Frozen II Review: Weird, Wild Stuff In This Would-Be Prequel, Sequel
But Frozen II is also really, really good.
Anna, Elsa, Kristoff, Olaf, and Sven return. However, even as they bask in the comfortable every day of post-apocalyptic normalcy, each of them remains antsy. Anna, in particular, remains fearful of what lurks behind the corner, in the darkness, or the forest. Kristoff looks to establish some roots. Olaf’s turned Yoda.
And Sven, well, he’s Sven. “Reindeer are better than people…”
But Elsa, much to Anna’s chagrin, is restless. For the ice queen, the call of the north is beautiful and palpable (as voiced by Norwegian artist, Aurora).
Therein lay the plot of this fascinating — if not meandering — follow up to the bar-raising, mold-breaking Frozen.
The Second or Third Act?
Now, mind you, creating a universe where there was none is hard, and I’d love to say that Frozen II’s prequel in a sequel in the middle act of what could be four films works perfectly. I can’t.
That said, Frozen II is epic in scope, gorgeous, more Lord of the Rings or Star Wars or Harry Potter than a fairy tale, and enjoys a breadth that makes me believe there’s a four hour cut of the movie.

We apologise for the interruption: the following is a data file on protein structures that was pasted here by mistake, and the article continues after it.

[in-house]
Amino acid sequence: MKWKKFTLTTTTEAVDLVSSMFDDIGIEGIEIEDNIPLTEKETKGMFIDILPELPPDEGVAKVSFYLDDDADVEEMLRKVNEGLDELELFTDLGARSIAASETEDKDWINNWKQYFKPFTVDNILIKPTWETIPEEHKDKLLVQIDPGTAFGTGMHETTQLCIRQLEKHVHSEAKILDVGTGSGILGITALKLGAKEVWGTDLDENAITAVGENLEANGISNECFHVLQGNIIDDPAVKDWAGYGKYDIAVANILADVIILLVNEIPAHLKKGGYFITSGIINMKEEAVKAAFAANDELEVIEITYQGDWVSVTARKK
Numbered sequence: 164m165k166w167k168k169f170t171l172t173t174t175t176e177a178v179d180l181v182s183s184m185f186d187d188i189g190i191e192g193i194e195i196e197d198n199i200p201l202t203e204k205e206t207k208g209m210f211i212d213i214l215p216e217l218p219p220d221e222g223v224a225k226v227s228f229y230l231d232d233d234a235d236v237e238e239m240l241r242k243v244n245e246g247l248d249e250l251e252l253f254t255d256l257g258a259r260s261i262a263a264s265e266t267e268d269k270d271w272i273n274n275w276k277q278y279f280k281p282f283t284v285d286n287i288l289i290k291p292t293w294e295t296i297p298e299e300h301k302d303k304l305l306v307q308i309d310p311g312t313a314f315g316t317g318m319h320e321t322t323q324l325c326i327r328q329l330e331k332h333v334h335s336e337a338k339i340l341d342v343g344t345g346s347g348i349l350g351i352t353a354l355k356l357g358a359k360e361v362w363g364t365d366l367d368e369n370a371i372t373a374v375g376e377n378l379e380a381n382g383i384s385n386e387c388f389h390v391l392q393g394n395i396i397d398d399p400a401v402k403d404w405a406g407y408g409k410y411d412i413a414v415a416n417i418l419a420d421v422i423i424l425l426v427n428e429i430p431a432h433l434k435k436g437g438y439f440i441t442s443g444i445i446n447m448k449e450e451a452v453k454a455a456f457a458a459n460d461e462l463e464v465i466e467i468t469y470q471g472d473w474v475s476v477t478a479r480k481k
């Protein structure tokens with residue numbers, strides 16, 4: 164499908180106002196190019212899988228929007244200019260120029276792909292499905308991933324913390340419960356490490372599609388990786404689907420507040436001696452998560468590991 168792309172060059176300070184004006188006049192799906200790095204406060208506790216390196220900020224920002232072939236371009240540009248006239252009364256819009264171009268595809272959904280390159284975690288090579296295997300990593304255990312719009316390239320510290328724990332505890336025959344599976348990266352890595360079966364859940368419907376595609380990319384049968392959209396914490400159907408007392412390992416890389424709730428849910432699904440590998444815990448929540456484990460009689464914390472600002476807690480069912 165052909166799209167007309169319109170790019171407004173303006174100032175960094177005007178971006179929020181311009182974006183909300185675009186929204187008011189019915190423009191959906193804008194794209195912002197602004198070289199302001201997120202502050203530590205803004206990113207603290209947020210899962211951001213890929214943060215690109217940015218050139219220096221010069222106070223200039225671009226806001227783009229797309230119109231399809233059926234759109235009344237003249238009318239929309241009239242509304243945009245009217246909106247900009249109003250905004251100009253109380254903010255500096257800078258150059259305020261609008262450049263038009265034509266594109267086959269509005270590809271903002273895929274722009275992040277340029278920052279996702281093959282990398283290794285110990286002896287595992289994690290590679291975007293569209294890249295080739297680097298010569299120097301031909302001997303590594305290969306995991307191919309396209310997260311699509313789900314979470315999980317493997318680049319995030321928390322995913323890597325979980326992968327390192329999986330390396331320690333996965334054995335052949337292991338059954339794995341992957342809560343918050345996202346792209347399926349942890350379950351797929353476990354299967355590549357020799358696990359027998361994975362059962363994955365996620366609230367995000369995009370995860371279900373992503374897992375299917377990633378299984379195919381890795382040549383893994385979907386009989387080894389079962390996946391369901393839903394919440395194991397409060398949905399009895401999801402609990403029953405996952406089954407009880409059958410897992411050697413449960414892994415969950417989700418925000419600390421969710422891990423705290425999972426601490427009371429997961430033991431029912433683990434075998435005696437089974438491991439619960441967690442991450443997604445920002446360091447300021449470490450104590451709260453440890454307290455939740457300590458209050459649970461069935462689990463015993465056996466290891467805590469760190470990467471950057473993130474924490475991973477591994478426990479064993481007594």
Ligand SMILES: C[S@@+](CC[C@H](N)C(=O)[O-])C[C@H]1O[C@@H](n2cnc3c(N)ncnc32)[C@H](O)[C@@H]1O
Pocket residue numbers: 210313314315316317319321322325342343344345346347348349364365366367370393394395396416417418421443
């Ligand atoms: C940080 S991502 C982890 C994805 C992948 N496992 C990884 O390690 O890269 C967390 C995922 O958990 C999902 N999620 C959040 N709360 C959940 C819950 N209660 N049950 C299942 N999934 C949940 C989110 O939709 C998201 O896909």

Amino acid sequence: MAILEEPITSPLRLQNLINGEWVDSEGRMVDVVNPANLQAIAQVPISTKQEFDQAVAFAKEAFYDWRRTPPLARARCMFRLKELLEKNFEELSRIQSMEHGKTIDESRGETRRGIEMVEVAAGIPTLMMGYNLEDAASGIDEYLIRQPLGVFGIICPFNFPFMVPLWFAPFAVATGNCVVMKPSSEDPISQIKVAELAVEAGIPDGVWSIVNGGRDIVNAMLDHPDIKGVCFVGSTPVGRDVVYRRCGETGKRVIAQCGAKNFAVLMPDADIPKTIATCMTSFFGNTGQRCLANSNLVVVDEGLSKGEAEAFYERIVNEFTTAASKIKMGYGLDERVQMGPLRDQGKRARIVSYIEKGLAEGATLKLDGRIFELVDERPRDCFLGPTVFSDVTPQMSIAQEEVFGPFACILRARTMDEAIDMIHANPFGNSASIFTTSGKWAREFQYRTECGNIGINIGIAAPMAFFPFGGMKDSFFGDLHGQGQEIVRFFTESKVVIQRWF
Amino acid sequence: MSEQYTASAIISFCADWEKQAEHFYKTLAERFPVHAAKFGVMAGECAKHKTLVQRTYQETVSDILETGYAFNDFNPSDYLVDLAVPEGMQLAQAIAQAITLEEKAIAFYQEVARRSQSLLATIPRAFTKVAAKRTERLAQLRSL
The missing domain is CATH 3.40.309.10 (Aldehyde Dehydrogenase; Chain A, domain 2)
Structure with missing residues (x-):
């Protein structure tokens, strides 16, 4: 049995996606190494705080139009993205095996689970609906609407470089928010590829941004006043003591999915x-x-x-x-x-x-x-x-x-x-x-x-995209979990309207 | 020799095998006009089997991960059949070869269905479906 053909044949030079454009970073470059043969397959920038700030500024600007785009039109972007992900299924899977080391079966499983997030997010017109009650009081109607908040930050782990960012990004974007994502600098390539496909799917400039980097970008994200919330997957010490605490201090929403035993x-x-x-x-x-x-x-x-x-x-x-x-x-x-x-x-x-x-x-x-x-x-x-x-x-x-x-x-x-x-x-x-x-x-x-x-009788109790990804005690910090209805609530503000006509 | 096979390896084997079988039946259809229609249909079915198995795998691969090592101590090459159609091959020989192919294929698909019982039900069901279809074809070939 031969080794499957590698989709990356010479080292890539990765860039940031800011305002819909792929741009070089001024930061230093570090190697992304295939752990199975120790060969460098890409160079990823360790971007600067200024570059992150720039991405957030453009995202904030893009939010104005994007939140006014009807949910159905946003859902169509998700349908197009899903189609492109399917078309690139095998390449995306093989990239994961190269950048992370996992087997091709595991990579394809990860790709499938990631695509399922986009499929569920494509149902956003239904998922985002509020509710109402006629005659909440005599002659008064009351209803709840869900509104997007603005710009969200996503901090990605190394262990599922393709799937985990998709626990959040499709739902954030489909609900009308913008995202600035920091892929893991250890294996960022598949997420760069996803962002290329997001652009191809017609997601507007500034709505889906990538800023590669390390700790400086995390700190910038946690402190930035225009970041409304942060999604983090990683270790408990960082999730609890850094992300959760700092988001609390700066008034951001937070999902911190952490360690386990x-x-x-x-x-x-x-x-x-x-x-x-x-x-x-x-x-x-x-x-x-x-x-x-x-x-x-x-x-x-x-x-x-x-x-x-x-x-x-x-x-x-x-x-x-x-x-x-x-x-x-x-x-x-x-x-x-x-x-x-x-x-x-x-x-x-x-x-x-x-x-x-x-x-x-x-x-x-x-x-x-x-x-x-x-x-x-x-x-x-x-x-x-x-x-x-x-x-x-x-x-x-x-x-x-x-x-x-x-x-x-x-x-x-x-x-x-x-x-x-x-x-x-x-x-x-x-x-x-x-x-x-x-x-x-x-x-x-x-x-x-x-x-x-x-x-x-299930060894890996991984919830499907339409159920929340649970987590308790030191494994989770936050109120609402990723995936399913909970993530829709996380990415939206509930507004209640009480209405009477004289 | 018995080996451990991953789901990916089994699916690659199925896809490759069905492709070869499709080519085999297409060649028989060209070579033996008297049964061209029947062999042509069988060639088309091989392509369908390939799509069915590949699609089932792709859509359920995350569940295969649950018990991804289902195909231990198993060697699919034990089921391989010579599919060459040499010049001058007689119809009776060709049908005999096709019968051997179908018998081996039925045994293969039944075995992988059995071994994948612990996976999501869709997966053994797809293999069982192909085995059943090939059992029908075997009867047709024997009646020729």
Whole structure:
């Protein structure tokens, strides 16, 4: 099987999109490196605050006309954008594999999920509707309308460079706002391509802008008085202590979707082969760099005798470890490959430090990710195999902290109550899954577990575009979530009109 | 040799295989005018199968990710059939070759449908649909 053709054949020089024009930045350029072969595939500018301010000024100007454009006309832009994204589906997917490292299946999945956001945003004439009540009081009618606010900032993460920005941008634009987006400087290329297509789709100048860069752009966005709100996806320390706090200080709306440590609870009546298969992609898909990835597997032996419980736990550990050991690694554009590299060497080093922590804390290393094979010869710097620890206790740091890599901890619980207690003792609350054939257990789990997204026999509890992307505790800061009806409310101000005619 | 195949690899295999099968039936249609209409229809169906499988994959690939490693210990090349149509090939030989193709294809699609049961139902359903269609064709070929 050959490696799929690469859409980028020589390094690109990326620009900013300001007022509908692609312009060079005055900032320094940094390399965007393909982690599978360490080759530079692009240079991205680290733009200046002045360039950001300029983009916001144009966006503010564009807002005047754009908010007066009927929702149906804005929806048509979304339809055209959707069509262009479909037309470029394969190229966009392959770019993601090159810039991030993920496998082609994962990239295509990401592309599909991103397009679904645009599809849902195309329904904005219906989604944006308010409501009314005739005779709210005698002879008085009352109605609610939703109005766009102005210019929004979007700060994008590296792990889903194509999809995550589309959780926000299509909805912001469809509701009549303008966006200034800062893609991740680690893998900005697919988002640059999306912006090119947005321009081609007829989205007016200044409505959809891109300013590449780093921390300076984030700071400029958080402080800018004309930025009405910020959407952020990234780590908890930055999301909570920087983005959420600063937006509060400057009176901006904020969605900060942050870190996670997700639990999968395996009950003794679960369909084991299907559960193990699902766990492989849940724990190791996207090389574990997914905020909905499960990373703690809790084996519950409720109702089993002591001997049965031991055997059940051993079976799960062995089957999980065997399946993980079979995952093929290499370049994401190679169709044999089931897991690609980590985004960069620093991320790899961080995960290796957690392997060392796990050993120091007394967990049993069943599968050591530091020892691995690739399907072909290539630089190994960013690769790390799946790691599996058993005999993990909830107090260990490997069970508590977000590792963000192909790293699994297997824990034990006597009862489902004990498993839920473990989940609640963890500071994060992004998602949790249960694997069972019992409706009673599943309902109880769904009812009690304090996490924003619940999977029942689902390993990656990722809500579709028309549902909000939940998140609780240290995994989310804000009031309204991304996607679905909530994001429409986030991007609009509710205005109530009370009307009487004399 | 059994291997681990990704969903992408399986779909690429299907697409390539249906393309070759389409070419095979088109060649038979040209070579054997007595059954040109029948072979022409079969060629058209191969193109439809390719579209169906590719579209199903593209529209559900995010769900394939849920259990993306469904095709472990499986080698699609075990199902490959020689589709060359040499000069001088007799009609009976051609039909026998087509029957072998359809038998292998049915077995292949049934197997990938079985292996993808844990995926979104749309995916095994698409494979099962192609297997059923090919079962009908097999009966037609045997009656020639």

Jennifer Lee, collaborator Chris Buck, and the songwriting duo of Kristen Anderson-Lopez and Robert Lopez constructed a story and a soundtrack that envelopes the original film in lore. And while it might not necessarily stand on its own, Frozen II will guarantee repeated viewings of its own, as well as a return look at its progenitor.
Moreover, Frozen II creates a desire to don a thick sweater, look up Norwegian legend, hunker down in Anna and Elsa’s digs in Epcot, and hug your loved ones.
Not All Little People Will Love
It is fun, with Broadway-style digressions, and one would-be 1980’s type music video. There are plenty of laughs to be had among the legend-making. And, let’s just say it, the movie establishes Elsa as a superhero, even down to the pose.
At one hour and 43 minutes, and after about 10 (mostly awful) previews, this movie bogs down in spots. Moreover, it is MUCH darker than Frozen, with moments of heart-wrenching sadness and over-the-top peril. While none of the youngsters in my viewing bolted, tears were brewing in this 44-year-old, and I was not alone.
Worth A Repeat Viewing
In terms of my movie-going, the twists and turns of this film really resemble the Empire Strikes Back with a bit less of a cliffhanging ending (and no permanent loss of appendages).
All in all, this was one of my top moviegoing experiences of 2019. I’ll be back to see it again, soon.